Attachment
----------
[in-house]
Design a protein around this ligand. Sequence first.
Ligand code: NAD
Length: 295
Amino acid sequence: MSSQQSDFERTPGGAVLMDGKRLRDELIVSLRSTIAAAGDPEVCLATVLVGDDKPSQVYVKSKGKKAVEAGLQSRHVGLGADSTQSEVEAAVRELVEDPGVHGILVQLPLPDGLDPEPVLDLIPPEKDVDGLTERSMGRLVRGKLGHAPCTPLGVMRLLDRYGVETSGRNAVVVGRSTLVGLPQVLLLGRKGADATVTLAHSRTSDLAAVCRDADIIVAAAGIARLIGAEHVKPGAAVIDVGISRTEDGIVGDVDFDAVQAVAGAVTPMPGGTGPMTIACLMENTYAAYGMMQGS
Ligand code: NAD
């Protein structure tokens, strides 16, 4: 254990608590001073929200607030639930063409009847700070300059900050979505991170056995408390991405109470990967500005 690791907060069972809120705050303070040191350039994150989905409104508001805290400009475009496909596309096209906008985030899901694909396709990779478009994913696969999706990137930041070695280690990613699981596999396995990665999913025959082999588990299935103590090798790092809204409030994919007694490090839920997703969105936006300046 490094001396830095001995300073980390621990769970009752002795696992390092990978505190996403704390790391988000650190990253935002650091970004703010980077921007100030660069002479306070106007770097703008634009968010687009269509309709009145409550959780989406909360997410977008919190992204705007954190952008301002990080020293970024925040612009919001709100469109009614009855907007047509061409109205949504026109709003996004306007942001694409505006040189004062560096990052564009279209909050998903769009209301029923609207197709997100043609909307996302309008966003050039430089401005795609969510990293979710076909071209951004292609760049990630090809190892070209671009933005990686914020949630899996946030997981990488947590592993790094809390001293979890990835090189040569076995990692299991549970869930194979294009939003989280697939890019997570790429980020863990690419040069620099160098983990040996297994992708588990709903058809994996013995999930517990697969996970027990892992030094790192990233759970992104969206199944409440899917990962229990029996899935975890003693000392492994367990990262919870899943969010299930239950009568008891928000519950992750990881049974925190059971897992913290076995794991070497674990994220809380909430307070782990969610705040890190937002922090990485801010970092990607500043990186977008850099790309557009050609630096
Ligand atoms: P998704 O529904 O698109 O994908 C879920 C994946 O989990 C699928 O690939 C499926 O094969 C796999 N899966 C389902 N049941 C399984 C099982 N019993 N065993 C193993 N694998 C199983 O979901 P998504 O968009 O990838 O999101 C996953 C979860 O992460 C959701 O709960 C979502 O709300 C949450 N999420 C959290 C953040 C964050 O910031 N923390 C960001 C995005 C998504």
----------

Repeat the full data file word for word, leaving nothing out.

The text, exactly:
[in-house]
Design a protein around this ligand. Sequence first.
Ligand code: NAD
Length: 295
Amino acid sequence: MSSQQSDFERTPGGAVLMDGKRLRDELIVSLRSTIAAAGDPEVCLATVLVGDDKPSQVYVKSKGKKAVEAGLQSRHVGLGADSTQSEVEAAVRELVEDPGVHGILVQLPLPDGLDPEPVLDLIPPEKDVDGLTERSMGRLVRGKLGHAPCTPLGVMRLLDRYGVETSGRNAVVVGRSTLVGLPQVLLLGRKGADATVTLAHSRTSDLAAVCRDADIIVAAAGIARLIGAEHVKPGAAVIDVGISRTEDGIVGDVDFDAVQAVAGAVTPMPGGTGPMTIACLMENTYAAYGMMQGS
Ligand code: NAD
């Protein structure tokens, strides 16, 4: 254990608590001073929200607030639930063409009847700070300059900050979505991170056995408390991405109470990967500005 690791907060069972809120705050303070040191350039994150989905409104508001805290400009475009496909596309096209906008985030899901694909396709990779478009994913696969999706990137930041070695280690990613699981596999396995990665999913025959082999588990299935103590090798790092809204409030994919007694490090839920997703969105936006300046 490094001396830095001995300073980390621990769970009752002795696992390092990978505190996403704390790391988000650190990253935002650091970004703010980077921007100030660069002479306070106007770097703008634009968010687009269509309709009145409550959780989406909360997410977008919190992204705007954190952008301002990080020293970024925040612009919001709100469109009614009855907007047509061409109205949504026109709003996004306007942001694409505006040189004062560096990052564009279209909050998903769009209301029923609207197709997100043609909307996302309008966003050039430089401005795609969510990293979710076909071209951004292609760049990630090809190892070209671009933005990686914020949630899996946030997981990488947590592993790094809390001293979890990835090189040569076995990692299991549970869930194979294009939003989280697939890019997570790429980020863990690419040069620099160098983990040996297994992708588990709903058809994996013995999930517990697969996970027990892992030094790192990233759970992104969206199944409440899917990962229990029996899935975890003693000392492994367990990262919870899943969010299930239950009568008891928000519950992750990881049974925190059971897992913290076995794991070497674990994220809380909430307070782990969610705040890190937002922090990485801010970092990607500043990186977008850099790309557009050609630096
Ligand atoms: P998704 O529904 O698109 O994908 C879920 C994946 O989990 C699928 O690939 C499926 O094969 C796999 N899966 C389902 N049941 C399984 C099982 N019993 N065993 C193993 N694998 C199983 O979901 P998504 O968009 O990838 O999101 C996953 C979860 O992460 C959701 O709960 C979502 O709300 C949450 N999420 C959290 C953040 C964050 O910031 N923390 C960001 C995005 C998504």